Alibi V.27 No.41 • Oct 11-17, 2018 

Odds & Ends

Odds and Ends

Dateline: Arkansas

Experts say a mysterious flame-spouting hole in Arkansas was definitely not caused by Satan. Officials say the hole, located on a private property, began shooting a jet of flame into the air last month. The initial flare was reportedly 12-feet high. The flame leveled out at around 8 feet and burned for nearly 40 minutes, according to the Arkansas Democrat Gazette. Baxter County Judge Mickey Pendergrass told reporters that the “spiritual Satan” had been ruled out as a suspect. “He didn't come up and stick his pitchfork in the ground and blow that hole out,” said Pendergrass. It was suspected that methane gas was to blame for the spectacle, but no source was found. Meteorites were likewise ruled out, as the hole from which the flame erupted has allegedly been there for more than a decade. The site was investigated by geologists from the Arkansas Geological Survey, who found nothing to indicate the fire's source. Black Hills Energy sent a team to the site, but failed to detect any natural gas leaks. Authorities determined there were no gas or fuel lines in the area that contributed to the fire. Soil samples were taken from the hole to be analyzed. Donald Tucker, chief of the Midway Fire Protection District, has not ruled out arson.

Dateline: Michigan

A suburb of Detroit has instituted “No Hit Zones” in some public areas that forbid spanking. Detroit Free Press reports the Madison Heights City Council voted 5 to 1 in favor of a resolution to put up “No Hit Zone” signs in at least 10 public areas. The signs read “Healthy Kids, Safer Communities, No Hit Zone.” According to the resolution, a “Hit Free Zone” is a space where “no adult shall hit another adult, no adult shall hit a child, no child shall hit an adult, and no child shall hit another child.” There are no laws or penalties associated with the resolution, however. Despite its success, some council members voiced concerns, noting that spanking your children is not illegal in Michigan. Councilman David Soltis, a health care administrator, says he hopes the signs prevent child abuse. He told reporters that he believes children who were spanked do worse in school and become bullies.

Dateline: Minnesota

Residents in Gilbert, Minn., are being warned to avoid colliding with hundreds of what police say are drunk birds. Last week the Gilbert Police Department posted a public notice on Facebook, informing residents that an early frost caused certain berries in the area to ferment more quickly than they usually do. As a result, any birds snacking on these berries became “tipsy,” and police began receiving a number of reports that they were crashing into cars and windows. According to the notice, younger birds have more trouble processing the berries' toxins than older ones, and are more apt to show signs of intoxication. The notice asked that residents refrain from calling law enforcement if confronted by one of the inebriated birds and to allow them some time to “sober up.” But Laura Erickson, author of the National Geographic Pocket Guide to Birds of North America, told CNN that she disagrees with the results of the investigation. She claims that Minnesota is experiencing an unusually dense migration of yellow-rumped warblers and sparrows, and it's to blame for the uptick in collisions, not drunk birds.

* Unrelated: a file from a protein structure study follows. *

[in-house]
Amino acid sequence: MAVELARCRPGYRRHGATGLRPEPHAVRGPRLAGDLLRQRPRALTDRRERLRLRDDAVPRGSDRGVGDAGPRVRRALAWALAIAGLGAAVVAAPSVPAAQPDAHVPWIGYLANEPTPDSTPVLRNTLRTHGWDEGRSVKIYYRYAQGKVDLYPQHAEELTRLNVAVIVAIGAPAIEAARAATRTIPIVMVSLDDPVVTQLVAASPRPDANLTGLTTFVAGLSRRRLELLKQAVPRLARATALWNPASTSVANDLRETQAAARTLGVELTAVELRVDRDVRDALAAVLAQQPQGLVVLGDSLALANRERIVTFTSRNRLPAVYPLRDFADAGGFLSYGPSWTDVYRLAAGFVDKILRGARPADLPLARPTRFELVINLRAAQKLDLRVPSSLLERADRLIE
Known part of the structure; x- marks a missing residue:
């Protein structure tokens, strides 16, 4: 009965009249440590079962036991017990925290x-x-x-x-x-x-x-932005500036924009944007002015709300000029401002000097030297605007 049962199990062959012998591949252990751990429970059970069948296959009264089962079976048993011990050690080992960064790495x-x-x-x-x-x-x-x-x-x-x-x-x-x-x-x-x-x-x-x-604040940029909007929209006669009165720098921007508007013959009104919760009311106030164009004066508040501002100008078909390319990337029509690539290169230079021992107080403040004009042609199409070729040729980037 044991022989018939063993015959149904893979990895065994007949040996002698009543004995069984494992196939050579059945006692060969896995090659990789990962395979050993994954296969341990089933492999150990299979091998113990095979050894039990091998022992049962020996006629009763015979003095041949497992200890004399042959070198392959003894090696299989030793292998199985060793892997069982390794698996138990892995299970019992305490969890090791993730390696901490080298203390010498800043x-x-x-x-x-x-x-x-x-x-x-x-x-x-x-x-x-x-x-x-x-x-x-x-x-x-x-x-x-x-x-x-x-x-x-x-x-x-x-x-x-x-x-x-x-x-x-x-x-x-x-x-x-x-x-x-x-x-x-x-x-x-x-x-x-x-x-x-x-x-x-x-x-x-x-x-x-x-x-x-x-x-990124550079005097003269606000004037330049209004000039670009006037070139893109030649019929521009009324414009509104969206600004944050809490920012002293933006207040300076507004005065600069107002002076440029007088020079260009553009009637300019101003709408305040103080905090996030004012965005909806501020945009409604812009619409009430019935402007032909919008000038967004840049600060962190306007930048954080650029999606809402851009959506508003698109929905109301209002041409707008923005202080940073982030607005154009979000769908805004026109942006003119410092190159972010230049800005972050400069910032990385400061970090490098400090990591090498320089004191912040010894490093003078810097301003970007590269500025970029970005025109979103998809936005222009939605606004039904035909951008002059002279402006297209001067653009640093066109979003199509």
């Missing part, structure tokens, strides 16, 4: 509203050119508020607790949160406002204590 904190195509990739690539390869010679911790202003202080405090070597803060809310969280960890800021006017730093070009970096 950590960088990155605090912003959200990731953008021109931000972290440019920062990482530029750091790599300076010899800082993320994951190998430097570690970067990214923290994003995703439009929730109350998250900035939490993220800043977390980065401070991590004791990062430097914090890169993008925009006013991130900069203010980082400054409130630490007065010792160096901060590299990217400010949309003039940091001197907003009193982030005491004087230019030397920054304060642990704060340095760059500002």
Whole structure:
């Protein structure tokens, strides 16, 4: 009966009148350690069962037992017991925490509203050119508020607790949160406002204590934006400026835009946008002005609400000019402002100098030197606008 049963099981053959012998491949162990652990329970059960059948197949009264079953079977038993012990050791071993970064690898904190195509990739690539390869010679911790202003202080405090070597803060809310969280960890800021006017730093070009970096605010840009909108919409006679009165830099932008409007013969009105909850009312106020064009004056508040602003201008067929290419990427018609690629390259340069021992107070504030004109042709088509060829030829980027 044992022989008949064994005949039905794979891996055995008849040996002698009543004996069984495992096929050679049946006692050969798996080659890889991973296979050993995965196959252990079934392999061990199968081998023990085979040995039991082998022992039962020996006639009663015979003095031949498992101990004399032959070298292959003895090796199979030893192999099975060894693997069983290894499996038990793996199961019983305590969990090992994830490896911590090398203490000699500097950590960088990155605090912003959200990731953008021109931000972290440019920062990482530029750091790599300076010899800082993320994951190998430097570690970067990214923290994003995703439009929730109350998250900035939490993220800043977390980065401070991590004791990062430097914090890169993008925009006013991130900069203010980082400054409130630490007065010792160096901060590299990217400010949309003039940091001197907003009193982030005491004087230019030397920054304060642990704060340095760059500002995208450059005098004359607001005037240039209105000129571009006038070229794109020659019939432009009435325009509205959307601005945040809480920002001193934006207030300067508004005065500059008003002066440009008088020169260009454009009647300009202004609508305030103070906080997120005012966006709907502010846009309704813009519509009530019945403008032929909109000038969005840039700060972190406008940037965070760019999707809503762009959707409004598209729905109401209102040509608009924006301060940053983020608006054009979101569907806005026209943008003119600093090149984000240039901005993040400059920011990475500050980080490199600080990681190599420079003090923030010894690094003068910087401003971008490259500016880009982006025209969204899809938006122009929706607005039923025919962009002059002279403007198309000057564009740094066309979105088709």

Dateline: Michigan

A high school cheerleader has been accused of bribing students with cannabis-laced brownies in an attempt to win homecoming queen. Fox17 in Michigan reports that an unnamed candidate for homecoming queen allegedly included the chocolate contraband inside goodie bags for the football team. The school's principal reportedly received an anonymous tip about the brownies through the OK2Say app. The tip claimed that some of the brownies went to football players and the remainder were used to sway homecoming queen votes. School officials believe a dozen brownies were brought to the school, but have only been able to recover three. They are being tested for the presence of THC. The student allegedly responsible for distributing the brownies in a drug-free zone—a felony offense—is currently in another state with her mother due to what they say is a family emergency. Police expect to interview her on her return.

Dateline: Louisiana

A man told police that a ghost was responsible for the meth they found at his home. According to KNOE in Monroe, La., police were called to the home of Michael L. Auttenberry last week after he claimed that he'd been attacked by someone wielding an axe. During the call he told police he'd been stabbed in the head. But when officers arrived at the scene, they found Auttenberry completely alone and unharmed. He was allegedly agitated and cursing at people who were “obviously not there” according to deputies on the scene. Police handcuffed Auttenberry for their safety and searched the house for intruders. None were found, but officers did discover a bag of meth sitting on a nightstand. They also found meth in Auttenberry's possession. When questioned, he told police that the meth was planted on him by a “ghost.” He's been charged with giving a false police report and possession of a controlled substance.

Compiled by Joshua Lee. Email your weird news to josh@alibi.com.